Since the
th successive time derivative/integral of
Laplace-transforms to
, it follows that the
*fractional derivative* of order
, denoted by
, should correspond to the Laplace transform
, while the *fractional integral* of order
corresponds to
. We thus let
,
, denote both fractional integrals (
) and
derivatives (
), possibly including both an integer and
fractional part. However, since integer
corresponds to
a repeated ordinary derivative or integral, we will develop methods for
and implement any integer part in the
usual way. Expressing
as
so that
can be
defined as
, we obtain the corresponding Laplace and
Fourier transforms for fractional integration or differentiation as

Thus, a fractional integral or derivative of order corresponds to a phase shift by and a spectral ``tilt'' by . For , we obtain the frequency-response of a differentiator, and for , the integrator frequency-response is obtained, as required.

For integer
,
, we have, from the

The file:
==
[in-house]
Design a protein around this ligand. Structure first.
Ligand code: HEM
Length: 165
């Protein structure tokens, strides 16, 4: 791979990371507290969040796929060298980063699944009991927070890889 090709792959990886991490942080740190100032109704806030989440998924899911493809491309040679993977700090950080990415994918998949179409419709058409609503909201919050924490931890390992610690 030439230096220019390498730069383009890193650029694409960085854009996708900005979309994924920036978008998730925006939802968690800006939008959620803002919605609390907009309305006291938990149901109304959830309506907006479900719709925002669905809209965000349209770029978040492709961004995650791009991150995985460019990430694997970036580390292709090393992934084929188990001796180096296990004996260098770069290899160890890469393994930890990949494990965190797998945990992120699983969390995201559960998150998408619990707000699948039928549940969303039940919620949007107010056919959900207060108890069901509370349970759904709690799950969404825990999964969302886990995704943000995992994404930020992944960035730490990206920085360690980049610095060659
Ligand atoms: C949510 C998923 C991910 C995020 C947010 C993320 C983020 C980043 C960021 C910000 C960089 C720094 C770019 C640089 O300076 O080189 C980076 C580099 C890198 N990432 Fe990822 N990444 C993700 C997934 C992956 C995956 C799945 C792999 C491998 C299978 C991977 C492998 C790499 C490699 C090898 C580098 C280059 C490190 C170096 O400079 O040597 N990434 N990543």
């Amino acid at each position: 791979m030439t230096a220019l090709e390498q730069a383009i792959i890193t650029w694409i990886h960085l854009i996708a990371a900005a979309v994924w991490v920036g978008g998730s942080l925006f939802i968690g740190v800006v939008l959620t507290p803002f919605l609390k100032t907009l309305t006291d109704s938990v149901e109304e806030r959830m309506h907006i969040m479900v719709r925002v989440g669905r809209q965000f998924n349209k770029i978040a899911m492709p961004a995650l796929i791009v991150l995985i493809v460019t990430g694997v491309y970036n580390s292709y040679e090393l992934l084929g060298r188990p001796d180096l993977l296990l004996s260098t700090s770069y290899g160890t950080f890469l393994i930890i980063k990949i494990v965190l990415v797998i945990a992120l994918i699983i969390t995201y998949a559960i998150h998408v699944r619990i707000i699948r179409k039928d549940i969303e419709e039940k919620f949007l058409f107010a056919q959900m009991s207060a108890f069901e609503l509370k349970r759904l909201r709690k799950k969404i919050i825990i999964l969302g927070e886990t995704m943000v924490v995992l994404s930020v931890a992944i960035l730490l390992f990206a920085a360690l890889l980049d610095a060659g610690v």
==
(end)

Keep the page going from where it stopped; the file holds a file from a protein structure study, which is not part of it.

*convolution theorem* for the *unilateral* Laplace transform
applied to *causal* functions
,^{4}

where ` ' denotes convolution, and denotes the Heaviside

This form was evidently developed originally as

where is any finite real number such that .

The generalization of
to
for
is
quite natural. There is also no problem extending
to
in Eq.(2), and the lower limit of
integration
can be extended (for all practical purposes)
as far as needed to the left to encompass the support of
. The
last piece is generalizing
to
, which is
provided by the *gamma
function*^{6}

which, for positive integers , becomes factorial,

for . We thus obtain the expression for fractional integrodifferentiation in the time domain as the convolution integral

This is known as the

where is an arbitrary fixed base point, and is any complex number with .

The topic of fractional differentiation and integration falls within
the well studied subject of *fractional
calculus*^{9}[1]. We will adopt the term ``differintegral''
from that literature.

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